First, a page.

Unless you live in the deep south or southwest, it’s that time of year to put your Pride and Joy into hibernation. Putting your Corvette in the garage for a while does have some benefits: you can clean it well and check out the condition of the drivetrain. Leaving your Corvette in an unheated garage for months at a time without starting isn’t terrible, but leaving your Corvette for a year or more is when really bad things happen.
The worst scenario for your Corvette is when one cold front after another pummels your garage with temperature fluctuations creating extreme condensation in internal driveline components. Engines, transmissions, and differentials corrode from the top down while the condensation drips into the lubricant. Fuel tanks have condensation dripping from the roof of the tank, corroding the steel fuel sending unit or the tank itself in 1953-1973 Corvettes.
The length of time that your Corvette sits is what really matters. Three months requires very little winterizing. Filling the fuel tank and keeping the battery charged is the extent of preparation. Planning on longer term storage? Use these guidelines:
PAINT: If your Corvette is going to sit for four or more months without activity, the car should be washed to safeguard against any environmental fallout like tree sap, dead bugs etc. Some of the fallout may be acidic and damage the paint or clearcoat permanently.
TIRES & WHEELS: Scrub the tires to remove any built up oxidation and apply a tire dressing once they are dried. Clean your wheels in a similar fashion to paint as brake dust, when left on wheels for extended periods, can permanently damage the wheel surface. Remember to use a clearcoat specific cleaner if your wheels are clearcoated. While on the subject of tires, don’t worry about flat spotting unless you have bias plies. There has been significant strides in tire composition and technology, and any flat spotting that does occur on radials will be eliminated with a nice 30 minute drive in the springtime. It is OK to keep your tires inflated to the correct pressure, and overinflating is preferred by some to reduce the tire’s pliability. Just be sure to correct the pressure in the spring.
INTERIOR: To prevent moisture buildup and possible mold formation, use a desiccant like Sta-Dry in the footwells and rear cargo areas. If desired, use silicone spray on weatherstripping to keep it from bonding with other surfaces over the winter.
FUEL TANK: The fuel tank should be filled to the top with winter fuel (available after October 1) and fuel stabilizer should be added.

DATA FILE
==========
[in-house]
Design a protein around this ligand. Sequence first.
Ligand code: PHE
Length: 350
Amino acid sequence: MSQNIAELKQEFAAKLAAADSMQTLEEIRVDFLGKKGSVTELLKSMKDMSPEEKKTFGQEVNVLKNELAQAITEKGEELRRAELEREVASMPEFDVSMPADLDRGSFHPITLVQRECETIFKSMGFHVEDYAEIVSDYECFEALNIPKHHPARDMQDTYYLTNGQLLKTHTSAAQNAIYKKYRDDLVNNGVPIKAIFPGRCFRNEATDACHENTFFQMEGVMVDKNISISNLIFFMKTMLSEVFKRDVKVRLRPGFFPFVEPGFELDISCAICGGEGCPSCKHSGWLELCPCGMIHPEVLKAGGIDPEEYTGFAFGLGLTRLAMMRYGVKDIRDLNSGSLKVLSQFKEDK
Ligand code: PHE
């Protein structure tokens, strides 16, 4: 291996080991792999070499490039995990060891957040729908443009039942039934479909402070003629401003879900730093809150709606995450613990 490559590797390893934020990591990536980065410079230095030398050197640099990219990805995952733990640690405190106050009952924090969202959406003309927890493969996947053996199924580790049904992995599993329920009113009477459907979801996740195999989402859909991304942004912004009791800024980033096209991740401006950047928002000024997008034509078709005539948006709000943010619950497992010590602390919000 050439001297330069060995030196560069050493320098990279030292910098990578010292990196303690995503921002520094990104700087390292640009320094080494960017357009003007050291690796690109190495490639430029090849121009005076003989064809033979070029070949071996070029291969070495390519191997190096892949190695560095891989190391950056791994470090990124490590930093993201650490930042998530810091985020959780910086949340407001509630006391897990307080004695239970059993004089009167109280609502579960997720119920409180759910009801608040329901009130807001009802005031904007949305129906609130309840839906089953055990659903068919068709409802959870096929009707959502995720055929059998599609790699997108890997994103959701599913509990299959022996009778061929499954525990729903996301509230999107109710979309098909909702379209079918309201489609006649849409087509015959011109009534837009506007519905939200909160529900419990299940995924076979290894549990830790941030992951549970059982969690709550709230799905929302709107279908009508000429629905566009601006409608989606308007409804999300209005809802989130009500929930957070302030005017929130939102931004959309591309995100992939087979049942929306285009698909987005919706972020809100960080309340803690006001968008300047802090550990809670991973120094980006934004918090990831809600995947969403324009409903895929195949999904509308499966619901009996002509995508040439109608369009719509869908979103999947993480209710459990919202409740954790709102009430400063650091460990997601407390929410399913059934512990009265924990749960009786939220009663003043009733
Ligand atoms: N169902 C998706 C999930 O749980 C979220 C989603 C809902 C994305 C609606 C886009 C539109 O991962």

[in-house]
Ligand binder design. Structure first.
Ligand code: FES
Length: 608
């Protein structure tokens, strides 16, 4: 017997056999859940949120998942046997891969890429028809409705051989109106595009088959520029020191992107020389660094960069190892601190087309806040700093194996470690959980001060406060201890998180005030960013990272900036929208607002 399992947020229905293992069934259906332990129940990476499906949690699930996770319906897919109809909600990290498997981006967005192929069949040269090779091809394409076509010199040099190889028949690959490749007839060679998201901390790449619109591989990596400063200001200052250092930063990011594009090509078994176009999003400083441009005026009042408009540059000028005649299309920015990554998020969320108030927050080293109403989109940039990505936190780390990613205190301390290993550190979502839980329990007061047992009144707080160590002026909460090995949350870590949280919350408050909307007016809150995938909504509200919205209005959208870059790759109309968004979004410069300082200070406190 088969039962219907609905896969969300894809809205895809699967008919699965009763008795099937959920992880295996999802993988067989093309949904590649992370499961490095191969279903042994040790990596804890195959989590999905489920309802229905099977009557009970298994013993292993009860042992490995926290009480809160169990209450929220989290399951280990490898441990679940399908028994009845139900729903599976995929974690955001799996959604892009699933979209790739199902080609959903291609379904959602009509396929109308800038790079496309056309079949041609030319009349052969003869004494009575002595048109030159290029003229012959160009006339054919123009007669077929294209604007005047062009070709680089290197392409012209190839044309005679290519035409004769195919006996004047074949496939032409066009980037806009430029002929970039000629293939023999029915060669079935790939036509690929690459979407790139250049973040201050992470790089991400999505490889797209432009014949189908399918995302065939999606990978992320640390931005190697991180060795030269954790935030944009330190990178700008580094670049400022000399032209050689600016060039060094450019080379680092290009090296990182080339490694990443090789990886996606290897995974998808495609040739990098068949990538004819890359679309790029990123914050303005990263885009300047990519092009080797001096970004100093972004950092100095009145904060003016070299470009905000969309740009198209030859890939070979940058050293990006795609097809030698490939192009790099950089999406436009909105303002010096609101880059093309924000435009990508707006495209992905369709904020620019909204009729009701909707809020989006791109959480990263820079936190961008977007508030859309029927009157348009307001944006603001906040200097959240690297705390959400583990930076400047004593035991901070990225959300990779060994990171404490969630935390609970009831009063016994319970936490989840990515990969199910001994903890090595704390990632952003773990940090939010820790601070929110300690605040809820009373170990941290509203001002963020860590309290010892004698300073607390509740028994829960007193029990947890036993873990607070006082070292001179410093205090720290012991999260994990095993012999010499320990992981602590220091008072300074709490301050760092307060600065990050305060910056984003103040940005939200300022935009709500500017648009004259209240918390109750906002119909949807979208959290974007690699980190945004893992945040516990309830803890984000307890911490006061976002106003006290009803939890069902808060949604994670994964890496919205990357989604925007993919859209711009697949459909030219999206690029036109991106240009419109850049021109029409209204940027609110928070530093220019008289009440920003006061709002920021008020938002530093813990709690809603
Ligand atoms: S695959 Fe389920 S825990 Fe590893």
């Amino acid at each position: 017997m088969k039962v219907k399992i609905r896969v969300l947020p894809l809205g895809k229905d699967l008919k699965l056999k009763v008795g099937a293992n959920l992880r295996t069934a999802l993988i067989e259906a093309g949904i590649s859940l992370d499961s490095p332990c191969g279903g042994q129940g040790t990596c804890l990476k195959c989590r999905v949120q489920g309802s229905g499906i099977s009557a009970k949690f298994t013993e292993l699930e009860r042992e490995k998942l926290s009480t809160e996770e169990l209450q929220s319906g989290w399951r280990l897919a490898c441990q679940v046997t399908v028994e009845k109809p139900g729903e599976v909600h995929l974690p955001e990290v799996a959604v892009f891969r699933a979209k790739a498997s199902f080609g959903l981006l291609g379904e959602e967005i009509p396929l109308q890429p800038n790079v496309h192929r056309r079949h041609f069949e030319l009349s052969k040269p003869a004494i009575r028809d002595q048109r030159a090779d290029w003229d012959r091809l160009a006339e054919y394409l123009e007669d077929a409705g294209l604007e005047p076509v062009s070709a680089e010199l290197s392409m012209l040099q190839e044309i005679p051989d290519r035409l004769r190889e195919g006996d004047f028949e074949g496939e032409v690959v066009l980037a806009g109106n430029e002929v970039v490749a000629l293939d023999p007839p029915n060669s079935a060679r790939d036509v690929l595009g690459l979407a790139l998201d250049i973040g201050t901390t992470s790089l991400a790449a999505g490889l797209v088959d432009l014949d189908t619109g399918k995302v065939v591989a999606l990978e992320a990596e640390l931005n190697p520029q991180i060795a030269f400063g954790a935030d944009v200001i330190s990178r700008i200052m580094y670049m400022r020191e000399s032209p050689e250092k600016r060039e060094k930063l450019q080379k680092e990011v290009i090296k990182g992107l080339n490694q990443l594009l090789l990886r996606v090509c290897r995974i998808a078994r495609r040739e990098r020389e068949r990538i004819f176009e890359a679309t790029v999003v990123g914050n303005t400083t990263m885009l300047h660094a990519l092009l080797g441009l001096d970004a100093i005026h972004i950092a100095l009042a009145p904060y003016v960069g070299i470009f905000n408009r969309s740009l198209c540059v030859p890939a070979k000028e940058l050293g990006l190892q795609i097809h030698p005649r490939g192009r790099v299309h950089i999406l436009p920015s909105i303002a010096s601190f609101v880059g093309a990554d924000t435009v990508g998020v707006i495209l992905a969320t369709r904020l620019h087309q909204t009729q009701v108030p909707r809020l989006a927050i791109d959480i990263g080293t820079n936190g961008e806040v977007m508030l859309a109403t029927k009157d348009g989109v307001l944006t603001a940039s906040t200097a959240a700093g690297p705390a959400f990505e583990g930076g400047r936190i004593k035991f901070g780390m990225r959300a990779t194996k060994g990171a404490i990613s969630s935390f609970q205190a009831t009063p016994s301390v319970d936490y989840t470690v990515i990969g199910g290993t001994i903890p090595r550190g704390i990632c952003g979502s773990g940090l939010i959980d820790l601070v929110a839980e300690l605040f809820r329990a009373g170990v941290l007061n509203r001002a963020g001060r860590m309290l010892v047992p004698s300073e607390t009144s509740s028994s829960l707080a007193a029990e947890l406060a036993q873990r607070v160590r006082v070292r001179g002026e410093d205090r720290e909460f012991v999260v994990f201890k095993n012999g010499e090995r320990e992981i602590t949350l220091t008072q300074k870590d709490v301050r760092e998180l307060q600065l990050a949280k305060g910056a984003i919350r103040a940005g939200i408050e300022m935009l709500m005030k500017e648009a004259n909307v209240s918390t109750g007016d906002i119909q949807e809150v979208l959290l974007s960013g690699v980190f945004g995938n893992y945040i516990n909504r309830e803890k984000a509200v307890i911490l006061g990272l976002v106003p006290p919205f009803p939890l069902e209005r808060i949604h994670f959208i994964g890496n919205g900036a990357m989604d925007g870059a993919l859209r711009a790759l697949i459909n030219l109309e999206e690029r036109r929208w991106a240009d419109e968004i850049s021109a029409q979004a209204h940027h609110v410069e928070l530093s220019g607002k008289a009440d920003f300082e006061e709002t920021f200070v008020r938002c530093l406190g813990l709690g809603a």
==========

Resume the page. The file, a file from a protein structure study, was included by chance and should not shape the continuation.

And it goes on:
BATTERY: The battery should be kept charged throughout the entire time your Corvette is stored whether it’s winter or summer. We recommend our Battery Tenders, parts 171251 or 171217. Simply connect the Battery Tender to your battery and it maintains the battery charge without any damage or concerns about overcharging or overheating your battery.
FLUIDS: Make sure to top off all fluids including coolant, brake fluid, clutch and transmission, oil and fuel. Always change your oil and filter before placing a car in long-term storage as well.
RODENTS: Any part of a city, suburb or rural area is open to rodent problems, and they can wreak havoc on a Corvette, particularly the plug wires. Certain brands of plug wires (including GM) consist of a vegetable based outer shell which is very appetizing to varmints. To keep them looking elsewhere for their next meal, place mothballs in the engine area. Just don’t forget to remove them before starting the car. Regarding tail pipes, place face cloths over each and wrap rubber bands around them.
CAR COVERS: Indoors or outdoors, we recommend covering a car when it will be stored for more than a few months. The type of cover you select should be based on where the car will be stored. A weatherproof cover is a solid choice for indoors or outdoors, but a cotton cover will suffice for indoor-only storage. Corvette Central stocks a nice variety of covers that are tailored for your year and model Corvette.
STARTING THE CAR IN WINTER: We recommend starting your Corvette once a month throughout the winter if possible. This will help circulate the oil rather than letting it sit in the oil pan all winter, exposing cylinder walls and moving parts to possible corrosion.